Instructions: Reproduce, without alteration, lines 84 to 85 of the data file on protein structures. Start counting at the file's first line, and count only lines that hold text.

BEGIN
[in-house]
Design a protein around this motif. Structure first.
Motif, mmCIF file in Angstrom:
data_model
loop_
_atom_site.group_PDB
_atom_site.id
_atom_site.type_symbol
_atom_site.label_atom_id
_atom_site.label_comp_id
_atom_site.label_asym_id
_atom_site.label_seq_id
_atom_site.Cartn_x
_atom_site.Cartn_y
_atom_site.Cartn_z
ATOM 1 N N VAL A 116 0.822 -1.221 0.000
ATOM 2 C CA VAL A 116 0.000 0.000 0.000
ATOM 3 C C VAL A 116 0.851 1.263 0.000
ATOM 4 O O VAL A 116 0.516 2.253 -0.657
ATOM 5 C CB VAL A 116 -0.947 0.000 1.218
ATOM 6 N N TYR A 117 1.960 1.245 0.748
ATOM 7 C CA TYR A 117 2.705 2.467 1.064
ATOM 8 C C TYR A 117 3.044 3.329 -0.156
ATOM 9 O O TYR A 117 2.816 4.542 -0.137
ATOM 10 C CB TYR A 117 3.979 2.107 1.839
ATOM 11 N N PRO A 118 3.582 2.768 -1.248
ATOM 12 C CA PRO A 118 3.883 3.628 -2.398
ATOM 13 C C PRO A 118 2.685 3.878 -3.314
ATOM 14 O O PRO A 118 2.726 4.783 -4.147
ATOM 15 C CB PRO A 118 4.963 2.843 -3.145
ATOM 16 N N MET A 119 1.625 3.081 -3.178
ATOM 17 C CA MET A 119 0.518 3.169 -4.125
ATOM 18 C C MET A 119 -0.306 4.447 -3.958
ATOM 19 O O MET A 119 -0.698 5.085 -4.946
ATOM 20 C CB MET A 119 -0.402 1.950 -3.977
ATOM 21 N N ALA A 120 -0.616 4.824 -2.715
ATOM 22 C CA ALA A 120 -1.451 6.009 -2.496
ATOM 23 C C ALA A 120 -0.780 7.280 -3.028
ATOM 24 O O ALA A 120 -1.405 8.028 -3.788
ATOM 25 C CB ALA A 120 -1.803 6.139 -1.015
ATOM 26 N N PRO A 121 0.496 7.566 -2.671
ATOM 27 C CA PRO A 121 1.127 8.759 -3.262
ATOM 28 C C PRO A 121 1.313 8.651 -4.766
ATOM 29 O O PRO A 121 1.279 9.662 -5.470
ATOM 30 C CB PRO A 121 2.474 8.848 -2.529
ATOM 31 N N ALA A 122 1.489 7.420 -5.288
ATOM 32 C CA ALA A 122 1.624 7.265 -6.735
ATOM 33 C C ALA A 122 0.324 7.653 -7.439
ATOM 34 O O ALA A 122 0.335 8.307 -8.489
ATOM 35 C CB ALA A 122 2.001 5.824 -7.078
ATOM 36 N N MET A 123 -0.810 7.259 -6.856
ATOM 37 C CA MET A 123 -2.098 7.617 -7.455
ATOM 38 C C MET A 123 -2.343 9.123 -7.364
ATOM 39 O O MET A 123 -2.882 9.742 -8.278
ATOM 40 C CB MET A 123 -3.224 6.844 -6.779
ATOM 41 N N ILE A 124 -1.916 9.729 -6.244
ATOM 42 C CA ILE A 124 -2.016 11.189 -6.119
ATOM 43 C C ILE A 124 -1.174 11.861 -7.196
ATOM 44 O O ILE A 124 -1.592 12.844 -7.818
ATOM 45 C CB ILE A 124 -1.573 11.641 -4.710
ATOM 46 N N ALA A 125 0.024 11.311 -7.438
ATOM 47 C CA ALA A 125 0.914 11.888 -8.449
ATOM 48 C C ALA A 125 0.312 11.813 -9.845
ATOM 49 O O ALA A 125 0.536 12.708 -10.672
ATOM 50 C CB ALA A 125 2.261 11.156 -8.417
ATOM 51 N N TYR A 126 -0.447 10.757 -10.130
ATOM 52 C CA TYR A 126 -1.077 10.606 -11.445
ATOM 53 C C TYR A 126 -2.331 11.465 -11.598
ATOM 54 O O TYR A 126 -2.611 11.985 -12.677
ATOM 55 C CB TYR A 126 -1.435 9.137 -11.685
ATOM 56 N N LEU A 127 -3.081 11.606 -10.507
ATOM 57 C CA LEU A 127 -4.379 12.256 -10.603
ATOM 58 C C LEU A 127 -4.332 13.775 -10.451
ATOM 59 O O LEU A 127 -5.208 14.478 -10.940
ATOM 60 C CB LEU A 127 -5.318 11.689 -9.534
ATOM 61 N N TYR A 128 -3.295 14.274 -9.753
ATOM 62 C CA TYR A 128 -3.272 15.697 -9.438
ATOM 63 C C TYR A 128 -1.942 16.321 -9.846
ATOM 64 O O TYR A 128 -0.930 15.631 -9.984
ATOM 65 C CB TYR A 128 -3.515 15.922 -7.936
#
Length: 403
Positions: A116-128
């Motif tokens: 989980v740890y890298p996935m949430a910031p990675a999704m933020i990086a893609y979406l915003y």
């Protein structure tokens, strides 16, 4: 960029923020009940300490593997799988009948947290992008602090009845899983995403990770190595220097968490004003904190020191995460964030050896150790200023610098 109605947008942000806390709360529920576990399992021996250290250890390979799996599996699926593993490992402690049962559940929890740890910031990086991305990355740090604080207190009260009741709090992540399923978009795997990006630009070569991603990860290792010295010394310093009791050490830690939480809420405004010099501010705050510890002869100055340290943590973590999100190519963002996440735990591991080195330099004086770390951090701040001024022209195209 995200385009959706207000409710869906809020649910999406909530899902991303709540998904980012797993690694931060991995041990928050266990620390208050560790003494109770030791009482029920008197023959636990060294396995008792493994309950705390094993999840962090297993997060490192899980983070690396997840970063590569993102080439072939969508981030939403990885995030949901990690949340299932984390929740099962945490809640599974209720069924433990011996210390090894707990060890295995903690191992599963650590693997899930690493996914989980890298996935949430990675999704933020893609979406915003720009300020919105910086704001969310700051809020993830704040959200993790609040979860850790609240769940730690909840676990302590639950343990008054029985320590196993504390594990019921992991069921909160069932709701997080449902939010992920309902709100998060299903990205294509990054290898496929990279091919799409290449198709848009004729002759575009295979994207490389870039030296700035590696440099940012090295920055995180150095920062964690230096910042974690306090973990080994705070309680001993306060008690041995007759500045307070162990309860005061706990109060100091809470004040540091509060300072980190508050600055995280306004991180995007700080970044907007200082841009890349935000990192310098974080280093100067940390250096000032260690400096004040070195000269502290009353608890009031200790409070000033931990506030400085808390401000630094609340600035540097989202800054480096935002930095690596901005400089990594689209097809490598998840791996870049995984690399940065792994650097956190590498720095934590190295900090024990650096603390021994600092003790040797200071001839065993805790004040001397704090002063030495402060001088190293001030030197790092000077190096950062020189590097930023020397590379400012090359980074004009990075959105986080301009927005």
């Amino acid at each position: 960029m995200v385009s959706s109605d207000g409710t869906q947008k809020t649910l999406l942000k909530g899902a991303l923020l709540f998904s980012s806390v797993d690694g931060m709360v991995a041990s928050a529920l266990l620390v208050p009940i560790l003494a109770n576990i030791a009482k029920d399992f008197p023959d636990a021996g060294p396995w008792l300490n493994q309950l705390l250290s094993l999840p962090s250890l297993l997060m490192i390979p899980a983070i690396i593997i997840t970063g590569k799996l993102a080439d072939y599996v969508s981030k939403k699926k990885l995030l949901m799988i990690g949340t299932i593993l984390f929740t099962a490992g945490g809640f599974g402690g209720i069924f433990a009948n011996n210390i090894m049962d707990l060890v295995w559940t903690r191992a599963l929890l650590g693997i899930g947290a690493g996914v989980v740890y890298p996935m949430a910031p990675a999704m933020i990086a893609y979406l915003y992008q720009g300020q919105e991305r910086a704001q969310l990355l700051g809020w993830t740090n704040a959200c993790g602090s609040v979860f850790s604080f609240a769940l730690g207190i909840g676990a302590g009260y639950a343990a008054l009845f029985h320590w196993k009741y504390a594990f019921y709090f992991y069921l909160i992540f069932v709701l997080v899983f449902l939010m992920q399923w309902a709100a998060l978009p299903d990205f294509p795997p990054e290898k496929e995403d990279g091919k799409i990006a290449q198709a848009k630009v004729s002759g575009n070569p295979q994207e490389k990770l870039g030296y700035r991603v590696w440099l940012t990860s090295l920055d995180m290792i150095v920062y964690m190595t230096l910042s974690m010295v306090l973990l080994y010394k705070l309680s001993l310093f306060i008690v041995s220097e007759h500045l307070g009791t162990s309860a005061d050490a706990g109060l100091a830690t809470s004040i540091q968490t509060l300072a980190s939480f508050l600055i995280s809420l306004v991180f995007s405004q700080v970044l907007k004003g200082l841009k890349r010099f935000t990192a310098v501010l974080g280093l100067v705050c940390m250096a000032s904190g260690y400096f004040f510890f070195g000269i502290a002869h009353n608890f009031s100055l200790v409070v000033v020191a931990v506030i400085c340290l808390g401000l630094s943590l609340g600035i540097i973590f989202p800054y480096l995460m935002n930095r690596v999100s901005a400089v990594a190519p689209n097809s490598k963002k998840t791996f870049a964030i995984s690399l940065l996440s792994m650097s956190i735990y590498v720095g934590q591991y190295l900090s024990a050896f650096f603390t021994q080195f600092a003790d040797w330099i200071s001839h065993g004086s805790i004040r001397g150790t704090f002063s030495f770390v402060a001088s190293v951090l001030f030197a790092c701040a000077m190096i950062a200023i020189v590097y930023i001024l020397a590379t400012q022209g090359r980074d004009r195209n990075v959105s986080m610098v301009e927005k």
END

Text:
């Motif tokens: 989980v740890y890298p996935m949430a910031p990675a999704m933020i990086a893609y979406l915003y």
């Protein structure tokens, strides 16, 4: 960029923020009940300490593997799988009948947290992008602090009845899983995403990770190595220097968490004003904190020191995460964030050896150790200023610098 109605947008942000806390709360529920576990399992021996250290250890390979799996599996699926593993490992402690049962559940929890740890910031990086991305990355740090604080207190009260009741709090992540399923978009795997990006630009070569991603990860290792010295010394310093009791050490830690939480809420405004010099501010705050510890002869100055340290943590973590999100190519963002996440735990591991080195330099004086770390951090701040001024022209195209 995200385009959706207000409710869906809020649910999406909530899902991303709540998904980012797993690694931060991995041990928050266990620390208050560790003494109770030791009482029920008197023959636990060294396995008792493994309950705390094993999840962090297993997060490192899980983070690396997840970063590569993102080439072939969508981030939403990885995030949901990690949340299932984390929740099962945490809640599974209720069924433990011996210390090894707990060890295995903690191992599963650590693997899930690493996914989980890298996935949430990675999704933020893609979406915003720009300020919105910086704001969310700051809020993830704040959200993790609040979860850790609240769940730690909840676990302590639950343990008054029985320590196993504390594990019921992991069921909160069932709701997080449902939010992920309902709100998060299903990205294509990054290898496929990279091919799409290449198709848009004729002759575009295979994207490389870039030296700035590696440099940012090295920055995180150095920062964690230096910042974690306090973990080994705070309680001993306060008690041995007759500045307070162990309860005061706990109060100091809470004040540091509060300072980190508050600055995280306004991180995007700080970044907007200082841009890349935000990192310098974080280093100067940390250096000032260690400096004040070195000269502290009353608890009031200790409070000033931990506030400085808390401000630094609340600035540097989202800054480096935002930095690596901005400089990594689209097809490598998840791996870049995984690399940065792994650097956190590498720095934590190295900090024990650096603390021994600092003790040797200071001839065993805790004040001397704090002063030495402060001088190293001030030197790092000077190096950062020189590097930023020397590379400012090359980074004009990075959105986080301009927005």